This Sunday, Ben Roethlisberger will be starting his third Super Bowl in only seven seasons in the league. He is a perfect 2-0 in his first two.
There are only three quarterbacks in NFL history with a better record than Big Ben: Joe Montana and Terry Bradshaw are both 4-0 and Troy Aikman is 3-0 (Bart Starr and Jim Plunkett are both 2-0). A win this Sunday will put him in some elite company.
This week’s game figures to be Ben’s toughest Super Bowl opponent yet. The Green Bay Packers are coming in as the sixth seed out of the NFC, but don’t let that fool you. They’ve won their last five games going back to the regular season. Their last two losses came with star quarterback Aaron Rodgers out with a concussion.
The Packers bring the No. 5 ranked defense against the pass, led by breakout linebacker Clay Matthews. Matthews had a superb year, tallying 13.5 sacks and being the driving force behind the entire Packers defense. He also finished second in the AP’s NFL Defensive Player of the Year voting, coming up two votes short of winner Troy Polamalu.
The Steelers are largely considered favorites to win the game (though not according to Las Vegas odds makers). With having so much of their roster still there from five seasons ago, this team has been here before; twice, in fact. They bring the second best overall defense and the stingiest run defense from the regular season.
Ben Roethlisberger himself is coming off one of his best seasons as a pro. His 3,200 passing yards rank as his fourth highest total of his career and he missed the first four games of the season.
Let’s take a look at Ben Roethlisberger’s first Super Bowl. The Pittsburgh Steelers beat the Seattle Seahawks in a highly disputed game, 21-10. Many people attribute poor officiating for the Steelers victory.
Ben had a pretty awful game. Although he had a one-yard rushing touchdown, he only completed 43 percent of his passes, threw zero touchdowns and two interceptions. He would finish with a 22.6 rating, the lowest in Super Bowl history by a winning quarterback. But he won, which is all that matters to many people.
Three years later, Ben and the Steelers would return to the Super Bowl against the Arizona Cardinals. Ben had a similar game as his first appearance until the Steelers’ last drive of the game. With 2:37 left on the clock, Ben led the Steelers down the field for 78 yards on eight plays in two minutes and two seconds. Roethlisberger capped off the drive with a six-yard touchdown pass to Santonio Holmes, who made a sensational catch in the corner of the end zone.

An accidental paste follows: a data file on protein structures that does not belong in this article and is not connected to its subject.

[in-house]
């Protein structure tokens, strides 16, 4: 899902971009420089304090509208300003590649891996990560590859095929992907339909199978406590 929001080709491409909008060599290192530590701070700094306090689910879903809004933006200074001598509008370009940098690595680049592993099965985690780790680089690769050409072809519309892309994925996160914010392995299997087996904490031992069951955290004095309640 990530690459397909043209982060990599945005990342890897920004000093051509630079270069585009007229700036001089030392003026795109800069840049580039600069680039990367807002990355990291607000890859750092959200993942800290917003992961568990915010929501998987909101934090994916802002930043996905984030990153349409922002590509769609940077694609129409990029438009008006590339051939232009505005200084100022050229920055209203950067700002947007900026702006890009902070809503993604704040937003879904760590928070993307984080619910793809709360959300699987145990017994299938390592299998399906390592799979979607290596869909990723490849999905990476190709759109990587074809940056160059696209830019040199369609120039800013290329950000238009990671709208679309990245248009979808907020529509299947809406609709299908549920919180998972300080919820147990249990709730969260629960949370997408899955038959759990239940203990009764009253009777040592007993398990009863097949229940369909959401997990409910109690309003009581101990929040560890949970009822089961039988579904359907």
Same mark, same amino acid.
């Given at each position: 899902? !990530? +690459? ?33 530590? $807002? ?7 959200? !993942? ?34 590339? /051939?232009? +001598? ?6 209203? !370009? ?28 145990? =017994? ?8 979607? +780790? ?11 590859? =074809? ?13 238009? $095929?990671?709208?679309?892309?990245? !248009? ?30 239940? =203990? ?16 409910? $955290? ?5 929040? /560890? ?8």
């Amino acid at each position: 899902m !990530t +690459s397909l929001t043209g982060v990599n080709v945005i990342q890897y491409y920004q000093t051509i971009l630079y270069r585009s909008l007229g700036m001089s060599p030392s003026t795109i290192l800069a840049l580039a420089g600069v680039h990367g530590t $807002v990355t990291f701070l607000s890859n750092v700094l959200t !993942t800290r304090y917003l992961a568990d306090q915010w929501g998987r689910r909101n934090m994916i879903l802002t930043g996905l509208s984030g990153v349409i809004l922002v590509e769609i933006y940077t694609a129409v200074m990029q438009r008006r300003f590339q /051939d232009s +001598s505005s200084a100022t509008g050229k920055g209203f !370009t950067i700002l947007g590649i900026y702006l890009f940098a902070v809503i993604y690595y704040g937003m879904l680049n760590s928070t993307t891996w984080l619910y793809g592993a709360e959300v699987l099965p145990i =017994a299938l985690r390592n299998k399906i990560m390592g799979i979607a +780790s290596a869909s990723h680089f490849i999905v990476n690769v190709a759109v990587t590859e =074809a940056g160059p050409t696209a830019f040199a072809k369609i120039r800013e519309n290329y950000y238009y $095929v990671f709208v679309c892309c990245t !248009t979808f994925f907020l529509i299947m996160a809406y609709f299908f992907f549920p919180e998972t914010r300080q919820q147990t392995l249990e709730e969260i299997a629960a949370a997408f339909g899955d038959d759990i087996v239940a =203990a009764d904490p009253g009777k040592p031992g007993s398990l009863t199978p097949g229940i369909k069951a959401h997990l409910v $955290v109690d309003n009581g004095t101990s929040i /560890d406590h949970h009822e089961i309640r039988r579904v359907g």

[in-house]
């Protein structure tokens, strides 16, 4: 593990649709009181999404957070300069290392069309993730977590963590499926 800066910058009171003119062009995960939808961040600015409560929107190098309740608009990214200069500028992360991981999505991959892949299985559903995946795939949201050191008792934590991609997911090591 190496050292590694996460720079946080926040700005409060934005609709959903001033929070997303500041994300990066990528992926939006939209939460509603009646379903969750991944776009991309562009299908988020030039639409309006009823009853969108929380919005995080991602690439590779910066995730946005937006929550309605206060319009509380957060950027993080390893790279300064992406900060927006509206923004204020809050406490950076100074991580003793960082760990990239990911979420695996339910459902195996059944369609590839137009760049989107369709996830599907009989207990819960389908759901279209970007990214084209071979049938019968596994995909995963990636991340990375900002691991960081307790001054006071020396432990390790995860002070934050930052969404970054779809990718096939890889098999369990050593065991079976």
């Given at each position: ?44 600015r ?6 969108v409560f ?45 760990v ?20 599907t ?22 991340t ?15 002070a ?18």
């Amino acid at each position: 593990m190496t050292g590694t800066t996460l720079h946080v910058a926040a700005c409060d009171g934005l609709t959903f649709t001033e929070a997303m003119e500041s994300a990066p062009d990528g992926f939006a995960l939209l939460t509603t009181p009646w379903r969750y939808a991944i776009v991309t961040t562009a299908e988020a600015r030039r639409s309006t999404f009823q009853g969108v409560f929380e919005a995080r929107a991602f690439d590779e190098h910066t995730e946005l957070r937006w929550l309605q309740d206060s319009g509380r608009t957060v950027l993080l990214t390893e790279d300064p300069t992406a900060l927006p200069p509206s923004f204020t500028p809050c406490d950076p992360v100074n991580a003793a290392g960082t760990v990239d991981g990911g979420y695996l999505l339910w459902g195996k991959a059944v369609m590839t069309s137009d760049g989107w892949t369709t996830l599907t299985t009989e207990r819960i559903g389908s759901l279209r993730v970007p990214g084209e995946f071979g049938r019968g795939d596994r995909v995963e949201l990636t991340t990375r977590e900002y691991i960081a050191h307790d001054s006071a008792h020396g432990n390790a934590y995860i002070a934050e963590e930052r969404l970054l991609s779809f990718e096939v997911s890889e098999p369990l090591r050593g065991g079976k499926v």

Prior to that last drive, Ben had another subpar game. He was 16-of-23 for 172 yards, zero touchdowns and one interception. If not for an epic defensive collapse by the Cardinals, Kurt Warner would have been enjoying his second Super Bowl MVP award (31-of-43, 377 yards, 3 TD, 1 INT).
As I said earlier, Ben Roethlisberger is 2-0 in Super Bowl games. However, here are his stats in the two games: 30-of-51 (59 percent), 379 yards, 1 TD, 3 INT with a pedestrian rating of 64.1. The numbers aren’t great by any standard, but all a quarterback is ever judged on is wins and losses. Still, you have to wonder if his poor play in key situations will come back to haunt him.
Ben Roethlisberger will be 29 next season. He has a solid supporting cast of backs and receivers, a rookie phenom of a center anchoring the offensive line and a head coach who seems like he knows the right way to continue the franchise’s historic lineage of winning. Roethlisberger could just be starting his Super Bowl tour.
Big Ben’s biggest obstacle will be the offseason. In 2006, it was the motorcycle accident. In 2009, it was the Lake Tahoe sexual assault incident. Then, last year was a second sexual assault investigation in Georgia.
He’s already served one suspension this past season and has seemed to save his reputation in the city of Pittsburgh. However, if he doesn’t clean up the act for good, he could find himself on the unemployment line (unless Al Davis is still here).
There are three players Ben will always be compared to. The first is Joe Montana.
Joe Montana is widely considered the gold standard when comes to quarterbacks, and rightfully so. Let’s compare Montana’s numbers: 83-of-122 (68 percent), 1,142 yards, 11 TD, 0 INT, with a rating of 158.3. Granted, Montana had four games to play in, but in three of those four he earned MVP honors.
The next player Ben will always be compared to is Terry Bradshaw.
Being the Steelers quarterback, you’re always going to be compared to the franchise leader, Terry Bradshaw. Bradshaw was a Steeler for 14 years. In that time he won four Super Bowls. Here’s a look at his numbers: 49-of-84 (58 percent), 932 Yds, 9 TD, 4 INT, 124.3 rating. Again, he played in four, but he won two MVP awards of his own.
The last comparison would be Tom Brady.
Seemingly, all of this generation’s star quarterbacks are compared to Tom Brady. Love him or hate him, he’s a winner. Brady is 3-1 in Super Bowl games, has won two MVP awards and has some amazing stats to boot: 100-of-155 (65 percent), 1,001 Yds, 7 TD, 1 INT, 127.5 rating.
A win this Sunday puts Ben Roethlisberger at 3-0. At 28 years old, he could end up with at least five. However, without the stats to support him, should he be placed in the same class as the game’s elite Super Bowl-winning signal-callers?